Omnia is expecting profits from its international businesses to grow at about 10% a year - and much more in some cases. Picture: Daniel Acker/Bloomberg via Getty Images
Omnia is expecting profits from its international businesses to grow at about 10% a year - and much more in some cases. Picture: Daniel Acker/Bloomberg via Getty Images

JSE-listed chemicals and fertiliser group Omnia, which has been stabilised by new management, is now well positioned to grow its various businesses abroad, especially in strong agricultural markets such as Brazil, the US and India.

But Seelan Gobalsamy, brought in as CEO in August 2019 to turn around the 66-year-old company after it became mired in debt in an overambitious bid to expand, says the group will be far more circumspect when it makes future investments.

Gobalsamy says the company “will invest where there are returns” and “instil discipline” so that it never finds itself in the position it was in at the end of its previous financial year in 2019, when it had debt of R4.4bn — exceeding its market capitalisation of R4bn at the time.

He says the company is still restructuring operations and the benefits of this process, which he estimates will take about 12 to 18 months to complete, are still to accrue to shareholders.

But he is expecting Omnia's international businesses, from which it derives about 60% of its revenue, to experience growth in profits of about 10% a year, and “in some of them between 15% and 20%".

The group, which is also involved in the explosives and fuel markets, operates in 43 countries but its main production hubs are in SA, Australia, Portugal, the US and Brazil.

One of the group's relatively new acquisitions, Oro Agri, has “pretty much doubled” its profits in the year under review. Oro Agri has an operation in the Western Cape, but the business is predominantly based in Portugal, Brazil and the US.

Oro Agri develops and manufactures a new generation of biological crop protection and fertiliser product that is applied to crops, as opposed to fertiliser, which is applied to soil to provide root nutrients.

“We have set up distribution in India, where we have taken our Oro Agri business to. Our mining business has also got a venture in Indonesia, and we are actively pursuing some new contracts in Australia. We will keep building our businesses out where it makes sense.”

Gobalsamy says Omnia's international agriculture business operates in a “highly fragmented, fast-growing market” and is a major market disrupter because it doesn't sell fertilisers in “bulk bags as we know it”. Instead, for example, it provides natural biological stimulants in small bottles that “enhance the efficacy of traditional fertilisers and water usage and nutrient usage”.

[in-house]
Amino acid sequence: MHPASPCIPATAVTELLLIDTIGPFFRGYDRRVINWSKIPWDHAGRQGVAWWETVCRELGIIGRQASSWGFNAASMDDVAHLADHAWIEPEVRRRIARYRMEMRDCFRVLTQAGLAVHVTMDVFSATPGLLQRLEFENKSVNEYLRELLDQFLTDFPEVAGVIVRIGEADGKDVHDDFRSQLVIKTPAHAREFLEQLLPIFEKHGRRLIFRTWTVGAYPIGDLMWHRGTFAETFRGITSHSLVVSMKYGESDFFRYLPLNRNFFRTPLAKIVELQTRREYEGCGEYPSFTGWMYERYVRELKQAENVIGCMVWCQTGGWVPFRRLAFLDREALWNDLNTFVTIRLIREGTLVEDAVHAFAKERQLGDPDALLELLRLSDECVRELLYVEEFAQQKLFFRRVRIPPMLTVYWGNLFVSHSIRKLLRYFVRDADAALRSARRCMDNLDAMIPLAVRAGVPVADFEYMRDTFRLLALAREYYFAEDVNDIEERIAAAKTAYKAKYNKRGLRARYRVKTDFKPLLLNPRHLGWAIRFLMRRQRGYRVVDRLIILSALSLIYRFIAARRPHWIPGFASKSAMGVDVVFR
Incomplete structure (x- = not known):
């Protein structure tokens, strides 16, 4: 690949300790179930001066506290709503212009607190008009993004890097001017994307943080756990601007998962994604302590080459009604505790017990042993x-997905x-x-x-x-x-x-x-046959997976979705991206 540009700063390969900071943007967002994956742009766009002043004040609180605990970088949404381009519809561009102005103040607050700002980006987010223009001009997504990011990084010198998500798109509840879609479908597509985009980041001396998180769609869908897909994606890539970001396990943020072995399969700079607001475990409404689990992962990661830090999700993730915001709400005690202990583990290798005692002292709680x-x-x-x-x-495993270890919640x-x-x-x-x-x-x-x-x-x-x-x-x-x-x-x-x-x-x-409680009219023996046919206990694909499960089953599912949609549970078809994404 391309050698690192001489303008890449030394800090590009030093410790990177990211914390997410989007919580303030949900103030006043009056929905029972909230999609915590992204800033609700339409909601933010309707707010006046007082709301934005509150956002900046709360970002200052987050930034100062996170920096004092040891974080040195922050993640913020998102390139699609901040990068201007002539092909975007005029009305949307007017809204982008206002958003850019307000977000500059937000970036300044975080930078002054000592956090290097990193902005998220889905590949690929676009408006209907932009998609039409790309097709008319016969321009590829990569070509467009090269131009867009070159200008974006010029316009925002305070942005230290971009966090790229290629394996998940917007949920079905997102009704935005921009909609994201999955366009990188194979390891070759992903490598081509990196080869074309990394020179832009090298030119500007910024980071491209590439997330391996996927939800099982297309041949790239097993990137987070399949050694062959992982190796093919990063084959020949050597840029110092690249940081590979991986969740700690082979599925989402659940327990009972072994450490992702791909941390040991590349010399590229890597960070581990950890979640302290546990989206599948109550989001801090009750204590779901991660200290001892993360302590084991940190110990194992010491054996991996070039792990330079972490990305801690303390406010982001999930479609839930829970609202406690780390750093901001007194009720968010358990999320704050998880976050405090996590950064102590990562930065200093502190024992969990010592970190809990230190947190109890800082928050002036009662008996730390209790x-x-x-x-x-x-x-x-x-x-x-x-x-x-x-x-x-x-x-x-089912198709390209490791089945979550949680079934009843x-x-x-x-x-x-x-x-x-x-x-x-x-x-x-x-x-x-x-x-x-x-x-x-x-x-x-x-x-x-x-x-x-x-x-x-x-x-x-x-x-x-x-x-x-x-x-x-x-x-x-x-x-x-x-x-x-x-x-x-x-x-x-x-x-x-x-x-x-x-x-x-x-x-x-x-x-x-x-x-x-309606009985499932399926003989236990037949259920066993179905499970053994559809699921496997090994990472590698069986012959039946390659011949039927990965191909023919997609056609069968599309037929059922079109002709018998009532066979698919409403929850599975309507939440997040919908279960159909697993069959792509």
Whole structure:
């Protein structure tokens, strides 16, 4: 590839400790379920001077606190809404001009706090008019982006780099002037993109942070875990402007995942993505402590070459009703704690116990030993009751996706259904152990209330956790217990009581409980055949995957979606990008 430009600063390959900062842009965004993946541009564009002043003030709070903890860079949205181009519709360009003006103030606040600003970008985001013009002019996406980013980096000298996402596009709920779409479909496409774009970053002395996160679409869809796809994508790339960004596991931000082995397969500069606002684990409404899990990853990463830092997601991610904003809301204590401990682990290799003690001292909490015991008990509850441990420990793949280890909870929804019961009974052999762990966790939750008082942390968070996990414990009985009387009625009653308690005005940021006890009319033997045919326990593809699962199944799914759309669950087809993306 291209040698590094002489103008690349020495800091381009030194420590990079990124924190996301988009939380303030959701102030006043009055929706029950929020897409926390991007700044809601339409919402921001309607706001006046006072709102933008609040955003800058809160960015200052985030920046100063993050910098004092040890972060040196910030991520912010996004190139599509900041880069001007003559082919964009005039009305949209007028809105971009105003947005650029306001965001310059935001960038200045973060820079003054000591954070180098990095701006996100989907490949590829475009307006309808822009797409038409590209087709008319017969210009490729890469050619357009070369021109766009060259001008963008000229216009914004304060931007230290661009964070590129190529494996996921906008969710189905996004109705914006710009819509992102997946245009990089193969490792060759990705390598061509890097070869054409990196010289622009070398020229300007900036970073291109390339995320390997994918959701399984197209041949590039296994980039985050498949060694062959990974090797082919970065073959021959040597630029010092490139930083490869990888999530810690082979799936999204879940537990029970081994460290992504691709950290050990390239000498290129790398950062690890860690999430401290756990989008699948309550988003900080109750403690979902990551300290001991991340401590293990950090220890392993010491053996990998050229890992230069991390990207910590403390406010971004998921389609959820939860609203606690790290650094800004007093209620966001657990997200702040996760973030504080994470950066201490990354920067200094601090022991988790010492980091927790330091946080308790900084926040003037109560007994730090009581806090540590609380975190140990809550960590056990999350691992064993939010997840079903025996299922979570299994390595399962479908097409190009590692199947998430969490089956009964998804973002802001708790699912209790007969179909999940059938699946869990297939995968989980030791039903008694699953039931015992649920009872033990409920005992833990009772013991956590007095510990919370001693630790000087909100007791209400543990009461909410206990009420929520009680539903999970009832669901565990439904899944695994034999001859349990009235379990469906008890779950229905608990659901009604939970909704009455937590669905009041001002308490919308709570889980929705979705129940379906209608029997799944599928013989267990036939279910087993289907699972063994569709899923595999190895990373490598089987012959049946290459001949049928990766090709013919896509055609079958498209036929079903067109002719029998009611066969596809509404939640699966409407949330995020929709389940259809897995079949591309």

These products contain plant nutrients and bio-stimulants to optimise nutrient efficiency, crop yield and quality.

Its agricultural customers range from small to large commercial farmers in the Southern African Development Community (Sadc) region and worldwide.

Omnia makes granular and liquid fertiliser for row crops such as maize and wheat, and for high-value crops such as fruit, vegetables and nuts.

Gobalsamy believes there is still room for growth in SA, as well as the rest of the Sadc region and East Africa.

He acknowledges Omnia is fortunate its turnaround was implemented in 2019 rather than 2020, saying it may not have been able to come back from the brink amid Covid-19.

When Gobalsamy, previously CEO of Stanlib Asset Management, became CEO in August 2019, he says the group was “sailing too close to the wind”. Not only was it sinking under R4.4bn of debt, but cash flow from the underlying businesses wasn't sufficient to reduce it. Omnia not only had to go to market for a R2bn rights issue, it had to apply for a bridging loan of R6.8bn.

“What we needed was a plan [to] focus on stabilising the company first, stabilising the balance sheet and then putting in place a restructuring and a turnaround plan. We then prepared a new business case and took that to shareholders.

“The board was very decisive about changes that were needed, allowing me the flexibility to execute on a turnaround plan and stabilise the business.”

The group has reduced its working capital as well as costs, and is spending capex more effectively, he says.

This week Omnia reported that operating profit had increased to R789m in the year to March, from R24m the previous year. Its net debt is now R1.88bn, with access to R3.7bn in undrawn debt facilities.

“Has Omnia turned the corner? I think from a stability perspective, we have. There are no worries in our balance sheet, no worries about our debt. There's currently no worry about our cash position. As companies are distressed and asset prices reduce, we have a strong balance sheet that will allow us the option to buy or sell and create long-term shareholder value.”

Gobalsamy says Omnia has received an unsolicited offer for its Oro Agri business, which “gives us more optionality” and shows the group would not be a “distressed seller of any of our assets”.

Small Talk Daily analyst Anthony Clark says Omnia's management has a dilemma when it comes to whether it should consider the offer for Oro Agri. Oro Agri is seen as one of the “crown jewels” in Omnia and is involved in a number of international agricultural markets where the technology it is marketing is in strong demand.

However, given that Omnia paid $100m (R1.7bn) two years ago for Oro Agri, it's “not every day you get the potential opportunity” through a sale to settle the company's entire debt and leave cash for potential acquisitions going forward, Clark says.

Would you like to comment on this article or view other readers' comments?
Register (it’s quick and free) or sign in now.

Speech Bubbles

Please read our Comment Policy before commenting.